### Errors in UMI sequence lead to overestimation of molecular counts

An error introduced into UMI sequence during the library preparation can be mistakenly interpreted as an additional molecule. Computational corrections have been proposed to avoid such overestimation.

The simplest such approach [5] omitted for a given gene all UMIs that had an adjacent UMI sequence (Hamming distance equal to 1) with a larger number of reads (as in [6] we refer this method as *cluster)*. Indeed, the probability of having two molecules of the same transcript in the same cell being labeled by UMIs of Hamming distance 1 is low, given sufficient size of the UMI pool relative to the number of transcript molecules (see Methods). However, for moderately-expressed genes the observed number of such events exceeds the expected frequency by a factor of ~40 (Figure S3), suggesting that most adjacent UMI occurrences are erroneous. More complex, network-based solution [6] (referred here as *directional)* considers a UMI to be erroneous if it has an adjacent UMI with more than twice the number of reads.

An alternative approach, implemented in the 10X Chromium Cell Ranger pipeline [7], uses UMI base call quality to distinguish erroneous UMIs. Examining different droplet-based datasets, we find that the fraction of UMI errors that can be distinguished by lower base call quality varies between datasets, within the range of 29.4-85.6% (Figure S4). This suggests that a substantial fraction of UMI errors may originate during PCR amplification or other library preparation steps preceding the sequencing itself. Base call quality would not be informative in such cases. Furthermore, the existing methods do not consider the total number of molecules for a given gene, even though the probability of observing adjacent UMIs by chance increases. Such increase is further exacerbated by an uneven distribution of uMi frequencies described in the previous section. For instance, for a gene with 100 molecules and UMI length of 6nt, 36 adjacent UMIs would be expected under uniform distribution, and 40 under the empirically observed distribution (mouse BMCs dataset was used, see Methods).

To improve the accuracy of UMI filtering, we developed a Bayesian approach to estimate the posterior probability of a UMI being erroneous based on the gene expression magnitude, observed number of the adjacent UMI sequences, prior distribution of UMIs, as well as the position and identity of the nucleotide substitution (see Methods). To evaluate performance of different UMI correction approaches, we first examined a dataset with relatively long 10bp UMIs [8]. Given lower rate of accidentally observing UMIs at Hamming distance 1 in these longer UMIs, we used *cluster* UMI filtering procedure to obtain benchmark expression estimates for the dataset. We then simulated datasets with shorter UMIs by trimming the UMI sequences, and comparing the resulting molecular count estimates to the corresponding full-length benchmark values (see Methods).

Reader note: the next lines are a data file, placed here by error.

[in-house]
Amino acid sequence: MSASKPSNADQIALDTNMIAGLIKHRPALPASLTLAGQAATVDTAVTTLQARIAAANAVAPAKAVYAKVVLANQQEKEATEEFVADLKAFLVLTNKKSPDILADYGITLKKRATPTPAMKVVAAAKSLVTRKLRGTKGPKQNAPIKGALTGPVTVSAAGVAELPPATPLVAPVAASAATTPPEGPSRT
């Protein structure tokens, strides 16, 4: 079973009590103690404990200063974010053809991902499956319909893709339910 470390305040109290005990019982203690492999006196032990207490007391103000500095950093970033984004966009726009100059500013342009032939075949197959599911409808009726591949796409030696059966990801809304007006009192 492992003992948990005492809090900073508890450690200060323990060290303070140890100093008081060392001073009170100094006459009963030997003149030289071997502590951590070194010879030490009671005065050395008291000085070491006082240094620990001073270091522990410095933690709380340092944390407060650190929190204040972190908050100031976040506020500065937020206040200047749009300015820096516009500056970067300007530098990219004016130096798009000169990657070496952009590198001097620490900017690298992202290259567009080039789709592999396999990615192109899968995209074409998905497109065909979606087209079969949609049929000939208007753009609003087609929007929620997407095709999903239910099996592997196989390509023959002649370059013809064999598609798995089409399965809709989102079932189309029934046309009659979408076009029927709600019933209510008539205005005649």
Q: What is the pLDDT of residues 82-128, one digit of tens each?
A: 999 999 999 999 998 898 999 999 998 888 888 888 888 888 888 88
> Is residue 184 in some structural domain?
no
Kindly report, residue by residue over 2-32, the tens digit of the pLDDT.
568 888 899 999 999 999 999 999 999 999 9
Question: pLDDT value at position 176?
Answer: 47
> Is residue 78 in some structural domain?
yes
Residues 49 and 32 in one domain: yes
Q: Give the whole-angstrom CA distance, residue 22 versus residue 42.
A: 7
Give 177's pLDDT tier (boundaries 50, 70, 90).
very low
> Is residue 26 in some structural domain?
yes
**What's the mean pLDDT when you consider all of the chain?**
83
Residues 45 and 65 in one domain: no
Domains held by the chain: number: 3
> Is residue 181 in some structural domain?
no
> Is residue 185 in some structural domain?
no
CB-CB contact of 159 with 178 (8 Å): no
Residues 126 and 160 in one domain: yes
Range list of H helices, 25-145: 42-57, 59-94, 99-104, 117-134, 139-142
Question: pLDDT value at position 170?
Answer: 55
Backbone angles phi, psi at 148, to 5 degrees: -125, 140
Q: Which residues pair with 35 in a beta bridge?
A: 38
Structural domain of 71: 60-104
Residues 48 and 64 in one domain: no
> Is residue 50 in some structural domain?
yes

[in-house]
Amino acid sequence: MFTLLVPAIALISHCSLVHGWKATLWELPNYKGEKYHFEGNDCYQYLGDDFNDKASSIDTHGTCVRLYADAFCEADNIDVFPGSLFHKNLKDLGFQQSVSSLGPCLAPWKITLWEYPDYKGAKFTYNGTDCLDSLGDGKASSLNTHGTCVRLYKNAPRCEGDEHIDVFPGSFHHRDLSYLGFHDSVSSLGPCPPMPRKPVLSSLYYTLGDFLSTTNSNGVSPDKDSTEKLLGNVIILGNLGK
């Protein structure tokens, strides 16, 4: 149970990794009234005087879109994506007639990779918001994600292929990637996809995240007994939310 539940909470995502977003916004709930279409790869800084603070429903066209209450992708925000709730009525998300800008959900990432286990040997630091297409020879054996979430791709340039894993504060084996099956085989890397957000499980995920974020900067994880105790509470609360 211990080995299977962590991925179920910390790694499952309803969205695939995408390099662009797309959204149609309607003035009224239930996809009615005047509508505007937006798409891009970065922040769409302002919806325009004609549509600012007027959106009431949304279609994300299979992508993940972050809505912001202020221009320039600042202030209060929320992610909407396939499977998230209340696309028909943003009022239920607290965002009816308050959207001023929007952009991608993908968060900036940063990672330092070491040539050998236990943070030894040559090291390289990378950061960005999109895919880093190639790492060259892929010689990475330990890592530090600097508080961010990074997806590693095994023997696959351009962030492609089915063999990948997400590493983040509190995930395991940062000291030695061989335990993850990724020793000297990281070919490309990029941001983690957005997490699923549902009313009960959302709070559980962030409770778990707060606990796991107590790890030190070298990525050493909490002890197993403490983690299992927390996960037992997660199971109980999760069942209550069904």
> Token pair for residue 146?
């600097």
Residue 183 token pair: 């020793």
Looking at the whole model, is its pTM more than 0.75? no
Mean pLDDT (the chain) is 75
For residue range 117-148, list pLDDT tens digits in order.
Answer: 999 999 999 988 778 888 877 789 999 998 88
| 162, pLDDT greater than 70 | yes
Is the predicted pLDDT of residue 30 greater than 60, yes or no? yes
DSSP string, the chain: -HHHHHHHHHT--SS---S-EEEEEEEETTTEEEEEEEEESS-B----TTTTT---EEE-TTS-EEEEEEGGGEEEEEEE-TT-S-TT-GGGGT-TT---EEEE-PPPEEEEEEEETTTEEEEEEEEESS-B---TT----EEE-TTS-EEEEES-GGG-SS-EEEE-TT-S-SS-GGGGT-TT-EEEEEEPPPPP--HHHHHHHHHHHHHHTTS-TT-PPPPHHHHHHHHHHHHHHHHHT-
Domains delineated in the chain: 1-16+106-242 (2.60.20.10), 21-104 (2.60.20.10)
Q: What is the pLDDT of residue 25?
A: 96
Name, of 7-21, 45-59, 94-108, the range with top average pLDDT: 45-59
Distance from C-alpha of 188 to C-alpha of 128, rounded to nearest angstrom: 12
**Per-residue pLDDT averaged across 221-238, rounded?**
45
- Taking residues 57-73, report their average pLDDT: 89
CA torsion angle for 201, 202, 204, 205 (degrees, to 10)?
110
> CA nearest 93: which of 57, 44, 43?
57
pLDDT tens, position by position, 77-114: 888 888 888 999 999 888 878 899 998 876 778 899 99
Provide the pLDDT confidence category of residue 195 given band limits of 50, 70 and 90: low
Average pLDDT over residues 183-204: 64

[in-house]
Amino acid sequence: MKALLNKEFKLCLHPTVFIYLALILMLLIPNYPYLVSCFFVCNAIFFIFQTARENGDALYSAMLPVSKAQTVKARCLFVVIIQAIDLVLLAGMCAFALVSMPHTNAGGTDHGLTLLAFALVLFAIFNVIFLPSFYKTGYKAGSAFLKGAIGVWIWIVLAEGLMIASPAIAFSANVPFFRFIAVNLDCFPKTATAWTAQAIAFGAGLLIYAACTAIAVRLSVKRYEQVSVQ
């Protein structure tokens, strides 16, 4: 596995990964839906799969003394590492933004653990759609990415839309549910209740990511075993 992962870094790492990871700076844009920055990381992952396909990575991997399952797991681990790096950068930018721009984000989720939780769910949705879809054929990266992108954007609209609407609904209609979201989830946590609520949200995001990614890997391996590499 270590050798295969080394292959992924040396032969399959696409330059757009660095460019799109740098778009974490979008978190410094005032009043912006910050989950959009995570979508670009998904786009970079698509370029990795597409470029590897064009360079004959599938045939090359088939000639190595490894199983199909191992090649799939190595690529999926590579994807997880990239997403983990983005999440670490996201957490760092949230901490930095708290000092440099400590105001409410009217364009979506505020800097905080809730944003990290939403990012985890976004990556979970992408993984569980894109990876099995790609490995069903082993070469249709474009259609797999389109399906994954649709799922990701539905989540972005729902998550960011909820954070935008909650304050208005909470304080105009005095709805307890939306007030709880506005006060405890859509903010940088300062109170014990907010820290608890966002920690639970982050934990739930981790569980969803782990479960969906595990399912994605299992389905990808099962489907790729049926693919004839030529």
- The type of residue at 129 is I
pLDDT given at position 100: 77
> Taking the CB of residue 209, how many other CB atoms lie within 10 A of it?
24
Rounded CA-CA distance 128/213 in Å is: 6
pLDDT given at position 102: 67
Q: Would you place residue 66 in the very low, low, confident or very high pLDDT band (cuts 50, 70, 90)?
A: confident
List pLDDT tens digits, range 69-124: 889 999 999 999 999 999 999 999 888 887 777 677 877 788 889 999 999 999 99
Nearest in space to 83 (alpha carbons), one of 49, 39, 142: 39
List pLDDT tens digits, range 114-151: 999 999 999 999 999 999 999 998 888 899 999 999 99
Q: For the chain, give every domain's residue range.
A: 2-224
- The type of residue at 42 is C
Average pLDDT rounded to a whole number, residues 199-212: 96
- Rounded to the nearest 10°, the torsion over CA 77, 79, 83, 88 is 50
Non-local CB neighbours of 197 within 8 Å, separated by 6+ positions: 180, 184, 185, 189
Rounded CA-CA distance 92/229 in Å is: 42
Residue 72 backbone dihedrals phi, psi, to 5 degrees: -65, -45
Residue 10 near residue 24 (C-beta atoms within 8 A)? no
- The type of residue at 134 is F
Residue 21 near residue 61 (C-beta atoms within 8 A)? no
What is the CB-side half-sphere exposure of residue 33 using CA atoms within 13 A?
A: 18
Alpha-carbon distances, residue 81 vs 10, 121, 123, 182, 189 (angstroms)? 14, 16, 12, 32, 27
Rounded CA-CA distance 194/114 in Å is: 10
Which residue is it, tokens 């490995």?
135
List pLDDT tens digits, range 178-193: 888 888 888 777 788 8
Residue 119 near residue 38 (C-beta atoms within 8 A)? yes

While errors in the UMI sequences lead to over-estimation of the molecular abundance, UMI collisions lead to under-estimation. The probability of such collisions increases for shorter UMIs, which results in pronounced under-estimation of molecular counts at short UMIs (Figure 2A). Conversely, the overestimation due to sequencing errors is more apparent at longer UMIs. Comparing different UMI collision correction methods, we find that the proposed approach based on bootstrap sampling of the empirical UMI frequency distribution shows much better performance than correction based on the uniform UMI distribution assumption (Figure 2B). We then compared different methods for correcting UMI sequence errors. In addition to the standard *cluster* algorithm [5], we also evaluated a variant that disallows merging of UMIs of equal sizes *(cluster-neq)*. We found that the Bayesian approach proposed here significantly outperforms existing methods (Figures 2C, S5, Tables S1-4). The impact of both collision and sequencing error corrections is most notable for genes within the high expression range.

To examine the impact of different approaches on the downstream analysis we evaluated the similarity of expression profiles within major cell subpopulations in datasets generated using inDrop [9] and 10x Chromium [10, H] platforms. We found that the proposed corrections can result in significantly higher expression profile correlation of cells belonging to the same cluster, compared to uncorrected molecular counts (Figure 2D, S7). To ensure robustness of the comparison we used pairwise Spearman rank correlation, which was estimated over the genes expressed in both cells of the pair. The proposed Bayesian approach showed best performance, though the difference in correlation gain between different correction methods was small in some datasets (Figure S7).

### Correction of the cellular barcode sequence errors